Virgin bosses seek pay rise

Discussion in 'Open Discussion' started by BlacKnox, Feb 2, 2006.

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  1. BlacKnox

    BlacKnox Active Member

    Jan 29, 2005
    Virgin bosses seek pay rise
    from: The Australian,10166,18012514-462,00.html

    By Steve Creedy

    VIRGIN Blue's directors will next week seek a 33 per cent pay rise in the face of union claims that employees have been underpaid.
    The airline's shareholders will be asked at the annual meeting in Brisbane next Tuesday to approve lifting the aggregate amount paid its non-executive directors from $750,000 to $1 million and for the board to be expanded by at least one director.

    The move comes as Virgin Blue (vba.ASX:Quote,News) has been directed by the Australian Industrial Relations Commission to start negotiations with the Australian Services Union over an underpayment claim, which could cost it as much as $1 million.

    The ASU claims the members are owed the money in unpaid shift allowances because they were paid penalty rates on the basis they were working 7.6 hours a day when they actually worked eight.

    The airline's annual report shows the salary, fees and superannuation benefits earned by its eight non-executive directors in 2004-05 ranged from $36,250 to $213,000.

    Managing director Brett Godfrey's package, including options, topped $4.3 million.

    Virgin Blue argues the current limit was set at a time when no regard was given increasing the number of directors.

    "Having regard to the increasing complexity of the business, the board has formed the view that it was appropriate to increase the number of directors," Virgin says in its notice of meeting.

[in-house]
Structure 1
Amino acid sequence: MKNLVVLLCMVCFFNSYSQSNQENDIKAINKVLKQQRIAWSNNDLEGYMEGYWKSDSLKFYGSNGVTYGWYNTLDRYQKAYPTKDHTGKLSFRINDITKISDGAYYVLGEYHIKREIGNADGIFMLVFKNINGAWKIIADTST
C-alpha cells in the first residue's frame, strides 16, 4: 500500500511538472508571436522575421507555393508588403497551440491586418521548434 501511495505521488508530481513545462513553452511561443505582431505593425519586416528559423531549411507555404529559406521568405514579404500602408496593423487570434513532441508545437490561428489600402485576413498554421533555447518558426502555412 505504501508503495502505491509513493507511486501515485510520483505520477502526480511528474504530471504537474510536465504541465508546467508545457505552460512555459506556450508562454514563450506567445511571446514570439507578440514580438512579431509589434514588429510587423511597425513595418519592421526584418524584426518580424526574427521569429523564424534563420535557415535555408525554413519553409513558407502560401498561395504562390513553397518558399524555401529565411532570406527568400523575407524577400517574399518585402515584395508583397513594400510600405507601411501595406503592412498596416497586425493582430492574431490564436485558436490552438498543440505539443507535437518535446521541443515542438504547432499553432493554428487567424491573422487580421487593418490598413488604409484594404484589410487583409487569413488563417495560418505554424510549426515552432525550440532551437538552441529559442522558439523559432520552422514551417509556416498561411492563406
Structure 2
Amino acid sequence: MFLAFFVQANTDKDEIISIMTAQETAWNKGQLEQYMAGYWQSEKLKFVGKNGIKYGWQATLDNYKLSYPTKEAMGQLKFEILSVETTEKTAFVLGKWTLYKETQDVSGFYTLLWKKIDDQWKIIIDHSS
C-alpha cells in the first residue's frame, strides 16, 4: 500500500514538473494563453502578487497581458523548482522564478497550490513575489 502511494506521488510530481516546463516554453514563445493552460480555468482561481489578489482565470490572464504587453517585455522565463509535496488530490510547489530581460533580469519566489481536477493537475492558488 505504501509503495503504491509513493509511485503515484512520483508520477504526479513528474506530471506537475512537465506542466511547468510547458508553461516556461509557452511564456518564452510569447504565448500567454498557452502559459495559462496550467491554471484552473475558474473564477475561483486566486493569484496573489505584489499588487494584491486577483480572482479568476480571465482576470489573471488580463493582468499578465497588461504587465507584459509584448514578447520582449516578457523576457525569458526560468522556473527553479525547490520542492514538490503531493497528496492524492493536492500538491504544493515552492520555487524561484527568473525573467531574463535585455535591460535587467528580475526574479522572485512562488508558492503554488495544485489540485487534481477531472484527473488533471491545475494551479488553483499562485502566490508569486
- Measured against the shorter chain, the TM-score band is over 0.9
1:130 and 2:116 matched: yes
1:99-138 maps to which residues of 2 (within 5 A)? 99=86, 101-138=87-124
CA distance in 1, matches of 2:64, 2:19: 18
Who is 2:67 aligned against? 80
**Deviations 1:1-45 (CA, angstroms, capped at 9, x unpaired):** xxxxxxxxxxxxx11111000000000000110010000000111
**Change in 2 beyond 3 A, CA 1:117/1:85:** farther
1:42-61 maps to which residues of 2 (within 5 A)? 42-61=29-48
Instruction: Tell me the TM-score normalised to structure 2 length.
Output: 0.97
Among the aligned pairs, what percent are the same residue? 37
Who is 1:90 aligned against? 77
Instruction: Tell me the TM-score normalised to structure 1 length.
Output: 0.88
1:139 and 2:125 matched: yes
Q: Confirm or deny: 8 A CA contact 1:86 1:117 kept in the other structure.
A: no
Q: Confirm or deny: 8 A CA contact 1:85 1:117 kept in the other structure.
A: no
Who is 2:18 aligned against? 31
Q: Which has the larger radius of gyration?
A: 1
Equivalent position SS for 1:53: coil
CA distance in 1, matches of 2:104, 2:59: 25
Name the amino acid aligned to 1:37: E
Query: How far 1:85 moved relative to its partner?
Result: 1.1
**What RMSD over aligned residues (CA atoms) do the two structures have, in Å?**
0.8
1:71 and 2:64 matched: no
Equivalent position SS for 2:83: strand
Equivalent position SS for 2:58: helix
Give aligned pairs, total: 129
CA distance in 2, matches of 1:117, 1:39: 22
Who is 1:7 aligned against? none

"Your directors believe the increase in the number of directors better enables the board to exercise an appropriate level of oversight of the company's affairs on behalf of the shareholders," its says.

    "While no decision has been made on the final number of new directors, the directors' view is that an increase of $250,000 in the maximum amount of fees payable ... will enable the board to attract and retain directors of a calibre appropriate to the needs to the company."

    Asked about the mooted board expansion, a Virgin spokeswoman yesterday pointed to a section of the airline's annual report which talks about replacing former board member David Ryan, who resigned last April.

    The report says the board has been unable to find a replacement but is "actively seeking a to appoint a suitable independent non-executive director".

    Executive compensation has been highlighted as an issue by unhappy workers during enterprise bargaining negotiations between the airline and the Transport Workers' Union.

    "They talk a lot about making the air fair, what about on the ground?" said one source.

    Virgin is offering the TWU annual rises of 3 per cent over three years with a link to the consumer price index in the third year to allow an increase of up to 4 per cent.

    The airline has told unions that it sees no legitimate basis for the shift allowance claim being pushed by the ASU.

    Virgin shares yesterday closed up 2 cents at $1.70, despite a downgrade from Credit Suisse First Boston from outperform to neutral.

  2. QF WP


    Jun 20, 2002
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    Anybody who reads this closely will see that they want to expand the Board of Directors by one (and they already have one vacancy); thus there are two Directors they are seeking, at least one of which will be a non-executive (but possibly both).

    This increase in emoluments means there is additional funding for the additional non-exec Director. Plus it is very important to realise that people like Brett Godfrey are not receiving additional increases.

    As to whether the ASU members have a claim, well, that's probably off to the Courts if they can't get a mesiated settlement. 0.4 hours per shift, per person, per day sincethe start of the disputed period, is probably a decent amount of $$'s.
  3. BlacKnox

    BlacKnox Active Member

    Jan 29, 2005
    Good pick-up Lindsay Wilson. I thought about highlighting the article as such:

    But then again I thought anyone interested would read it closely and understand the difference. Not a scholar hey :?:

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